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Malar J. 2008 Jan 24;7:19. doi: 10.1186/1475-2875-7-19.

Characterization of two putative potassium channels in Plasmodium falciparum.

Author information

1
Department of Medicine (Cardiology), Albert Einstein College of Medicine, 1300 Morris Park Ave., Bronx NY 10461, USA. karena.waller@med.monash.edu.au

Abstract

BACKGROUND:

Potassium channels are essential for cell survival and participate in the regulation of cell membrane potential and electrochemical gradients. During its lifecycle, Plasmodium falciparum parasites must successfully traverse widely diverse environmental milieus, in which K+ channel function is likely to be critical. Dramatically differing conditions will be presented to the parasite in the mosquito mid-gut, red blood cell (RBC) cytosol and the human circulatory system.

METHODS:

In silico sequence analyses identified two open-reading frames in the P. falciparum genome that are predicted to encode for proteins with high homology to K+ channels. To further analyse these putative channels, specific antisera were generated and used in immunoblot and immunofluorescence analyses of P. falciparum-infected RBCs. Recombinant genome methods in cultured P. falciparum were used to create genetic knock outs of each K+ channel gene to asses the importance of their expression.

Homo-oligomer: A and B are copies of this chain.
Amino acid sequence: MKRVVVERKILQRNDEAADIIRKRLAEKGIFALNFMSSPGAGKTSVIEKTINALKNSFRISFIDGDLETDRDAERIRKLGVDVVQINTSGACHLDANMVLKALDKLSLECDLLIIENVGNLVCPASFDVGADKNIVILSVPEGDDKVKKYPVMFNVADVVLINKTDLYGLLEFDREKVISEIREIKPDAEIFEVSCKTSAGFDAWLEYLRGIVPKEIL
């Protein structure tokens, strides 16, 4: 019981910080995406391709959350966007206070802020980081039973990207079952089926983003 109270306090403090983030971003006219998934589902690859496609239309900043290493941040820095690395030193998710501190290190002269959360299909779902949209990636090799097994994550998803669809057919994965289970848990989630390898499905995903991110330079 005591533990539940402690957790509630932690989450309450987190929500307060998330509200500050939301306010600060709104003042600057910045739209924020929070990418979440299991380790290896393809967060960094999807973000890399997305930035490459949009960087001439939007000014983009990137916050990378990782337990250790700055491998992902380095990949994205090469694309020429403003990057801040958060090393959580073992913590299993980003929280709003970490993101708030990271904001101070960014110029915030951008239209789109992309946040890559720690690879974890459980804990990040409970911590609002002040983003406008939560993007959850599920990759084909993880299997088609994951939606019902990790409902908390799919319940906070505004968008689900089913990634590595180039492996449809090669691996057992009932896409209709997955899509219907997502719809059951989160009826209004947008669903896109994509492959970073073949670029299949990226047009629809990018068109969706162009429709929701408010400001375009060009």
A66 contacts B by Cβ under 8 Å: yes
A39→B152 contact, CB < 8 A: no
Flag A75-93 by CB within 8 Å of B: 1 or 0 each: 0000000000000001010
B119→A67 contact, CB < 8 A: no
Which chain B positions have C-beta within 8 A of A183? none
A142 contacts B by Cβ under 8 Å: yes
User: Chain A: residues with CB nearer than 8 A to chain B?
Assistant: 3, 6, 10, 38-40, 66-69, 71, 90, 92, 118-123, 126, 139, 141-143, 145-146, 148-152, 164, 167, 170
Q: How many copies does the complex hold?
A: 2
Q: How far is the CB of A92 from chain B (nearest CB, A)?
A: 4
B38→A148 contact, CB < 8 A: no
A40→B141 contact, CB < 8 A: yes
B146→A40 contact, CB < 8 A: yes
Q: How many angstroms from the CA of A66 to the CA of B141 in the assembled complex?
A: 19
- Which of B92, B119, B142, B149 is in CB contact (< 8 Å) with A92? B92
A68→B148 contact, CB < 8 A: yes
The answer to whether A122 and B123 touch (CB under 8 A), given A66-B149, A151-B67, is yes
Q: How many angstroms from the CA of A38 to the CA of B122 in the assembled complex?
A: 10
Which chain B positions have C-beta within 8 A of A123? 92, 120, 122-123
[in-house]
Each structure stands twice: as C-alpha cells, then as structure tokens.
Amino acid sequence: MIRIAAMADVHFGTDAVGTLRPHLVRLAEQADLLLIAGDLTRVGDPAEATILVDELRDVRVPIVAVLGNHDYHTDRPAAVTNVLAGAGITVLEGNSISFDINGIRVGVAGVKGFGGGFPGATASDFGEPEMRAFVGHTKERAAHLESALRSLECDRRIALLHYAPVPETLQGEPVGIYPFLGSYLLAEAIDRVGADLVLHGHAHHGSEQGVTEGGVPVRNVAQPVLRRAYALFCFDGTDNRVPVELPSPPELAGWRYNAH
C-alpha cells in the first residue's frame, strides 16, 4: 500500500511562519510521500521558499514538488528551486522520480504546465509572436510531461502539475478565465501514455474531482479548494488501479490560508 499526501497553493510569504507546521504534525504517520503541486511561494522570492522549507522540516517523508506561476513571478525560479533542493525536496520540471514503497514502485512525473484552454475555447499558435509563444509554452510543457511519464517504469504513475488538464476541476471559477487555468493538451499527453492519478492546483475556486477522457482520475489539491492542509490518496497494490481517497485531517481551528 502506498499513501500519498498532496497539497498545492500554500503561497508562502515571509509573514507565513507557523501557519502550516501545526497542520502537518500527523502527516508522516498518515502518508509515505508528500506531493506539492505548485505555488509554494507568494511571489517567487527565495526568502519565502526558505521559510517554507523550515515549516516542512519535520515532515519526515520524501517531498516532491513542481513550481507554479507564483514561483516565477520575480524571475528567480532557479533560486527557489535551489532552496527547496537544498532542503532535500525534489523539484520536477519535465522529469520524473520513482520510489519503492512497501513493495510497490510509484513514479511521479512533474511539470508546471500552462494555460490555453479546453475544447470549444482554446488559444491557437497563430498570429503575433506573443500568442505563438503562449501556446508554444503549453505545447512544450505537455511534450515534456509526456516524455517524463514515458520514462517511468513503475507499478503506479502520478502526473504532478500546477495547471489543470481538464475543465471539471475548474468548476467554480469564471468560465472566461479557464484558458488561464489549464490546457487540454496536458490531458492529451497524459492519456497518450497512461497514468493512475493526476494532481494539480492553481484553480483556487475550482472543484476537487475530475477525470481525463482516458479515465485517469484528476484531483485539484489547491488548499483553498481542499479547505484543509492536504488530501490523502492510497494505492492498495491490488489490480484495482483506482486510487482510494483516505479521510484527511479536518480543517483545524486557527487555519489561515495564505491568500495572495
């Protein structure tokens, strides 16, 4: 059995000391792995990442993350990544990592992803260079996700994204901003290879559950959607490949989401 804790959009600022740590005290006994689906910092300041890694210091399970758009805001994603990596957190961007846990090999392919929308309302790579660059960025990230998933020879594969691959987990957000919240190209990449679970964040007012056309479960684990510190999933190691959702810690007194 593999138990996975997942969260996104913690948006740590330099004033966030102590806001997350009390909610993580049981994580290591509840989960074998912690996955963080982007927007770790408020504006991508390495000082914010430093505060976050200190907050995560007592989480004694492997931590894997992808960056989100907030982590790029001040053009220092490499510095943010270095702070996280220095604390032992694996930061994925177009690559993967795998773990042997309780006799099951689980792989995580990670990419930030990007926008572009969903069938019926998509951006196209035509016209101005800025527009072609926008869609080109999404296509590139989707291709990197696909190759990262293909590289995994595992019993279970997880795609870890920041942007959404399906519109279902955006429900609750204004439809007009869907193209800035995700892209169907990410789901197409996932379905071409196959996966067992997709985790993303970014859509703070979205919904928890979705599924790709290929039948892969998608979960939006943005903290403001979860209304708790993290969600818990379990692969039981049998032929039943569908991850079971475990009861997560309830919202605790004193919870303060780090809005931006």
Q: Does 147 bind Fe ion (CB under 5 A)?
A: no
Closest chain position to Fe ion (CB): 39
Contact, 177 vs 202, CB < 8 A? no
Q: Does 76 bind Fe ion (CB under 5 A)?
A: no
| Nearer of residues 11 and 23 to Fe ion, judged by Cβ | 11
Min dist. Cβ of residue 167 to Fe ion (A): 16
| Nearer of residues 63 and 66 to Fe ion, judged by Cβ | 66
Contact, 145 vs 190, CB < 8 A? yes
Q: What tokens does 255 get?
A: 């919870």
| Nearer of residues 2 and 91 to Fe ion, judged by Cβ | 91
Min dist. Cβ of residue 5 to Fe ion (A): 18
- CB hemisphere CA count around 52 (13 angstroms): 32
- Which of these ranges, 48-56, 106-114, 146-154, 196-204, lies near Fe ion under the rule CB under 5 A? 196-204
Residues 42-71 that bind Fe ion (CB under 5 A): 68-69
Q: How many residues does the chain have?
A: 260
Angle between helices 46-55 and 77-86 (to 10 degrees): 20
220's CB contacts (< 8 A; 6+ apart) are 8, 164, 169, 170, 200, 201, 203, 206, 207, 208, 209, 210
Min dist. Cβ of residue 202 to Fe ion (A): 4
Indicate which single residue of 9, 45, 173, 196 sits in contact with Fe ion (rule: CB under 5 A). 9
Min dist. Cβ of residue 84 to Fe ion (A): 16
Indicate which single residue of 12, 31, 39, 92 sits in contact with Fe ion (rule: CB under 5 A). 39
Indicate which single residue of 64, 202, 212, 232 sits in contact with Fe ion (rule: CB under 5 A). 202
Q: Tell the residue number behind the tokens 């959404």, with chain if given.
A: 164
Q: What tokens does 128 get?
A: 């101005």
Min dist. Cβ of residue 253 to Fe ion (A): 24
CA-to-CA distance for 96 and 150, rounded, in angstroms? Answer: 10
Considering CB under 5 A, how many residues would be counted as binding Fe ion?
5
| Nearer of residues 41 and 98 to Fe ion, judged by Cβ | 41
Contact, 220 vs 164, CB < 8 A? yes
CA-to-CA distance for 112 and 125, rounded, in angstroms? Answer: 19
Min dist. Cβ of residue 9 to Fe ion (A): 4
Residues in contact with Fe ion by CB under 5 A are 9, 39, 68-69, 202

RESULTS:

Immunoblot and IFA analyses confirmed the expression of the two putative P. falciparum K+ channels (PfK1 and PfK2). PfK1 is expressed in all asexual stage parasites, predominantly in late stages and localizes to the RBC membrane. Conversely, PfK2 is predominantly expressed in late schizont and merozoite stage parasites and remains primarily localized to the parasite. Repeated attempts to knockout PfK1 and PfK2 expression by targeted gene disruption proved unsuccessful despite evidence of recombinant gene integration, indicating that pfk1 and pfk2 are apparently refractory to genetic disruption.

CONCLUSION:

Putative K+ channel proteins PfK1 and PfK2 are expressed in cultured P. falciparum parasites with differing spatial and temporal patterns. Eventual functional characterization of these channels may reveal future pharmacological targets.

PMID:
18218136
PMCID:
PMC2263067
DOI:
10.1186/1475-2875-7-19
[Indexed for MEDLINE]
Free PMC Article

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